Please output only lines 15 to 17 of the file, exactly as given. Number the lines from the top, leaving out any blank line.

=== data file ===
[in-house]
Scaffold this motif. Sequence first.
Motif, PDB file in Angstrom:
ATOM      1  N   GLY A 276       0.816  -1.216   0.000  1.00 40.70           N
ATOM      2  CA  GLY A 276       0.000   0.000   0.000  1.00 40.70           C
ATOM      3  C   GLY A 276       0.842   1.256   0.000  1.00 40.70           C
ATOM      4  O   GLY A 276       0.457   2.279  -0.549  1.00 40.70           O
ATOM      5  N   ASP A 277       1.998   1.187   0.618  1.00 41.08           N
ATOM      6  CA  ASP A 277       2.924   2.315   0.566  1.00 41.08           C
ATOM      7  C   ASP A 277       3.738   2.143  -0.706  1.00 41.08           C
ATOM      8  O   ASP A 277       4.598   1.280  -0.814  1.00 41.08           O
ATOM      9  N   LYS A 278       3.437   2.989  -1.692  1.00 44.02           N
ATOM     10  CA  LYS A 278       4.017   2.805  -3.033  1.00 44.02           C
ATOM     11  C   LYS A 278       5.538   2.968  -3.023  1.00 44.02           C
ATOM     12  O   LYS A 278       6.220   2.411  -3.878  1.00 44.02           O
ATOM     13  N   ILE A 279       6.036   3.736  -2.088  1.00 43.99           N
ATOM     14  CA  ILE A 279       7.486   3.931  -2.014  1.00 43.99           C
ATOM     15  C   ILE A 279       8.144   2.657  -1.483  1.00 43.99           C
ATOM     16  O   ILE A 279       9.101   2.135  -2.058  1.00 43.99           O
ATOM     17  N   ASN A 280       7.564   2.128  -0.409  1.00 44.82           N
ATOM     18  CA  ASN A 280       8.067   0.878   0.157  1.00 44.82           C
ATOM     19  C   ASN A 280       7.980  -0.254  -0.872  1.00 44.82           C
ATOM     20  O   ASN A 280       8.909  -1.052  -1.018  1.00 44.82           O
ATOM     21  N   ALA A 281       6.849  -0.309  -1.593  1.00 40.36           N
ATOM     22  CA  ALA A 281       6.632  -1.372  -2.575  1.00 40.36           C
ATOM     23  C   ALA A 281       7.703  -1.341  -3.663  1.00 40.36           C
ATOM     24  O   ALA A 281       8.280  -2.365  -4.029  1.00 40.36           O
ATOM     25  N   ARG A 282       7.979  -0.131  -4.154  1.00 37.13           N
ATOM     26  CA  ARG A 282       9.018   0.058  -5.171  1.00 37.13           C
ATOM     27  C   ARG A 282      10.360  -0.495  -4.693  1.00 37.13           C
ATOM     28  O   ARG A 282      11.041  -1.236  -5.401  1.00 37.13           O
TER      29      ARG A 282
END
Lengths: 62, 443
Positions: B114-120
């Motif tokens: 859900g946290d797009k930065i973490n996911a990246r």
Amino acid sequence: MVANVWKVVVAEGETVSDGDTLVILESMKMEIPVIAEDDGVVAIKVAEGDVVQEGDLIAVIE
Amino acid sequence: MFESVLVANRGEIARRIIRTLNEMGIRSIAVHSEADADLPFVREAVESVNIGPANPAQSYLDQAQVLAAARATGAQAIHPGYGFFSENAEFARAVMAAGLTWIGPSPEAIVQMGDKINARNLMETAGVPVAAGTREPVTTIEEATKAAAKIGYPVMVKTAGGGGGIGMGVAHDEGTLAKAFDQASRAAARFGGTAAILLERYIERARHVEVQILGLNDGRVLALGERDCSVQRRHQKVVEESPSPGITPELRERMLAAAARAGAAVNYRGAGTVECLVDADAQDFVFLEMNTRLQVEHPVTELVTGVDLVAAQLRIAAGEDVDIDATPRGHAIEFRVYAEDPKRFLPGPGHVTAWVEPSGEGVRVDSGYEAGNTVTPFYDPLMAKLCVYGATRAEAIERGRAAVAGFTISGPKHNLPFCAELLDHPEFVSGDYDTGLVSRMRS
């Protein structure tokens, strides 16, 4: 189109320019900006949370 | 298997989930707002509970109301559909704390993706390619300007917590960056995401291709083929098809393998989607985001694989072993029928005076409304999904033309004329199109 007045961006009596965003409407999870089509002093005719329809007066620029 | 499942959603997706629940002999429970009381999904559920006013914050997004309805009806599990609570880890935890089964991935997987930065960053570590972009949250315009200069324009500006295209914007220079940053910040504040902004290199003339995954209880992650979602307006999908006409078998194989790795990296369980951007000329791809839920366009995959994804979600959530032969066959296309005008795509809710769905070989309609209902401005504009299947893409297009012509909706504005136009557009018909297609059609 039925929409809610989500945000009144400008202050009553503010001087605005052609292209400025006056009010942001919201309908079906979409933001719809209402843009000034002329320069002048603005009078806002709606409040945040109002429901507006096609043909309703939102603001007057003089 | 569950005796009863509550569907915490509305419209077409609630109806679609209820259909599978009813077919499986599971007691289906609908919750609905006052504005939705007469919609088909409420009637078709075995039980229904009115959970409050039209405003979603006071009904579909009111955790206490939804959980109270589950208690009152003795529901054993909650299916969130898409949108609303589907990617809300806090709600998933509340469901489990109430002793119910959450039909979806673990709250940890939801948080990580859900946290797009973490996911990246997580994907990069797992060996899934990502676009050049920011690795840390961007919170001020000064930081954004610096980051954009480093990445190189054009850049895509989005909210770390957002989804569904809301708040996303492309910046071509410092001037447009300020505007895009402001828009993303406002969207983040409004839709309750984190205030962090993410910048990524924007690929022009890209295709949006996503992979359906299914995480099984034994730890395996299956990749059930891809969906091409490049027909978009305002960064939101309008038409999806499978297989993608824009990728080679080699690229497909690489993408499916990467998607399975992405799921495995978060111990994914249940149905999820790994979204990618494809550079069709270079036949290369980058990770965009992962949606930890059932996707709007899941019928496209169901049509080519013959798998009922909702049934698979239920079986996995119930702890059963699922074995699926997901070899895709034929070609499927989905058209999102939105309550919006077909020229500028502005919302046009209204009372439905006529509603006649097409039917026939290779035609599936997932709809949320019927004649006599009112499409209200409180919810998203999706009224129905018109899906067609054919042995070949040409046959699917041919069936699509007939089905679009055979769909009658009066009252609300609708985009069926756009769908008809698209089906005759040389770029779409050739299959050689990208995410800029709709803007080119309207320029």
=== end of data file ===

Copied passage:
ATOM     12  O   LYS A 278       6.220   2.411  -3.878  1.00 44.02           O
ATOM     13  N   ILE A 279       6.036   3.736  -2.088  1.00 43.99           N
ATOM     14  CA  ILE A 279       7.486   3.931  -2.014  1.00 43.99           C